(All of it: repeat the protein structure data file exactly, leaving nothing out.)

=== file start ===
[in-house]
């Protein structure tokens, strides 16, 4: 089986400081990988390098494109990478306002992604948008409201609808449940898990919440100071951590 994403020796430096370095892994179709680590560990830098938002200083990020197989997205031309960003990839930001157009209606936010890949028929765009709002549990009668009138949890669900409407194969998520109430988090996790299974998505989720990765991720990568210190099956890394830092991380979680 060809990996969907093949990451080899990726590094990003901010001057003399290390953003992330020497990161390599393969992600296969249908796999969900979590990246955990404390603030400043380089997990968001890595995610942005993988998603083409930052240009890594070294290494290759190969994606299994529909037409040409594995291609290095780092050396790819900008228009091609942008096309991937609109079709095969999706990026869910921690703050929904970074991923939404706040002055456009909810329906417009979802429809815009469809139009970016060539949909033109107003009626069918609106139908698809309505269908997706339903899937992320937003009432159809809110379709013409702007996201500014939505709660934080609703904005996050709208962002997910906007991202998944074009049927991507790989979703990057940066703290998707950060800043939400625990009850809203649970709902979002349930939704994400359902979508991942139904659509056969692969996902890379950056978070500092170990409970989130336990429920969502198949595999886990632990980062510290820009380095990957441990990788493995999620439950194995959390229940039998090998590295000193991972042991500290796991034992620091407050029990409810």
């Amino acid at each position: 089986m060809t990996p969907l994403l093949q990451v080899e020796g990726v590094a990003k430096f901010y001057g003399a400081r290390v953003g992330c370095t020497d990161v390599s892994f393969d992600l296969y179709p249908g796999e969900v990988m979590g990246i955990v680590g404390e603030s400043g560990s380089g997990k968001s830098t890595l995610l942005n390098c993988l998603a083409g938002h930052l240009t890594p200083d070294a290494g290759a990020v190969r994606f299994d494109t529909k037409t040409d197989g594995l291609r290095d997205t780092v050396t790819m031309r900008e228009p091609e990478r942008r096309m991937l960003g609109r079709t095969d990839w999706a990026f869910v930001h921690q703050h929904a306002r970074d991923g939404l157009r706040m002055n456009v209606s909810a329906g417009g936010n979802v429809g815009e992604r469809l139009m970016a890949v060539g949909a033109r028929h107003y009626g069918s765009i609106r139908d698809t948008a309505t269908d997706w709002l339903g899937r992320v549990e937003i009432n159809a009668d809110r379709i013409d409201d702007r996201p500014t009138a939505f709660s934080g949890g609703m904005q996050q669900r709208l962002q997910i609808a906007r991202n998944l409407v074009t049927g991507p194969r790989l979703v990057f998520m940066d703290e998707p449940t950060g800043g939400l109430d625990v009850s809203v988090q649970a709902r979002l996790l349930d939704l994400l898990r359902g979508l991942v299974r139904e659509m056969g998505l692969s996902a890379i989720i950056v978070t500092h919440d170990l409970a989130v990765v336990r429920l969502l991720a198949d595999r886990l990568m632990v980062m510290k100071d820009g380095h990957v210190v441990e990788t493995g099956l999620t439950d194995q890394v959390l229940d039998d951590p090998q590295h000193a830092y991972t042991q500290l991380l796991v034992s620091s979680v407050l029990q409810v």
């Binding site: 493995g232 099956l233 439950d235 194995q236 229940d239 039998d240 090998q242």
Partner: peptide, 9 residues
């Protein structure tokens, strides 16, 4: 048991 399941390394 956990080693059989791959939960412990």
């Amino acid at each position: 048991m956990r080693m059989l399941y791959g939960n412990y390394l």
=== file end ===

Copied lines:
[in-house]
């Protein structure tokens, strides 16, 4: 089986400081990988390098494109990478306002992604948008409201609808449940898990919440100071951590 994403020796430096370095892994179709680590560990830098938002200083990020197989997205031309960003990839930001157009209606936010890949028929765009709002549990009668009138949890669900409407194969998520109430988090996790299974998505989720990765991720990568210190099956890394830092991380979680 060809990996969907093949990451080899990726590094990003901010001057003399290390953003992330020497990161390599393969992600296969249908796999969900979590990246955990404390603030400043380089997990968001890595995610942005993988998603083409930052240009890594070294290494290759190969994606299994529909037409040409594995291609290095780092050396790819900008228009091609942008096309991937609109079709095969999706990026869910921690703050929904970074991923939404706040002055456009909810329906417009979802429809815009469809139009970016060539949909033109107003009626069918609106139908698809309505269908997706339903899937992320937003009432159809809110379709013409702007996201500014939505709660934080609703904005996050709208962002997910906007991202998944074009049927991507790989979703990057940066703290998707950060800043939400625990009850809203649970709902979002349930939704994400359902979508991942139904659509056969692969996902890379950056978070500092170990409970989130336990429920969502198949595999886990632990980062510290820009380095990957441990990788493995999620439950194995959390229940039998090998590295000193991972042991500290796991034992620091407050029990409810």
């Amino acid at each position: 089986m060809t990996p969907l994403l093949q990451v080899e020796g990726v590094a990003k430096f901010y001057g003399a400081r290390v953003g992330c370095t020497d990161v390599s892994f393969d992600l296969y179709p249908g796999e969900v990988m979590g990246i955990v680590g404390e603030s400043g560990s380089g997990k968001s830098t890595l995610l942005n390098c993988l998603a083409g938002h930052l240009t890594p200083d070294a290494g290759a990020v190969r994606f299994d494109t529909k037409t040409d197989g594995l291609r290095d997205t780092v050396t790819m031309r900008e228009p091609e990478r942008r096309m991937l960003g609109r079709t095969d990839w999706a990026f869910v930001h921690q703050h929904a306002r970074d991923g939404l157009r706040m002055n456009v209606s909810a329906g417009g936010n979802v429809g815009e992604r469809l139009m970016a890949v060539g949909a033109r028929h107003y009626g069918s765009i609106r139908d698809t948008a309505t269908d997706w709002l339903g899937r992320v549990e937003i009432n159809a009668d809110r379709i013409d409201d702007r996201p500014t009138a939505f709660s934080g949890g609703m904005q996050q669900r709208l962002q997910i609808a906007r991202n998944l409407v074009t049927g991507p194969r790989l979703v990057f998520m940066d703290e998707p449940t950060g800043g939400l109430d625990v009850s809203v988090q649970a709902r979002l996790l349930d939704l994400l898990r359902g979508l991942v299974r139904e659509m056969g998505l692969s996902a890379i989720i950056v978070t500092h919440d170990l409970a989130v990765v336990r429920l969502l991720a198949d595999r886990l990568m632990v980062m510290k100071d820009g380095h990957v210190v441990e990788t493995g099956l999620t439950d194995q890394v959390l229940d039998d951590p090998q590295h000193a830092y991972t042991q500290l991380l796991v034992s620091s979680v407050l029990q409810v």
């Binding site: 493995g232 099956l233 439950d235 194995q236 229940d239 039998d240 090998q242």
Partner: peptide, 9 residues
């Protein structure tokens, strides 16, 4: 048991 399941390394 956990080693059989791959939960412990």
């Amino acid at each position: 048991m956990r080693m059989l399941y791959g939960n412990y390394l």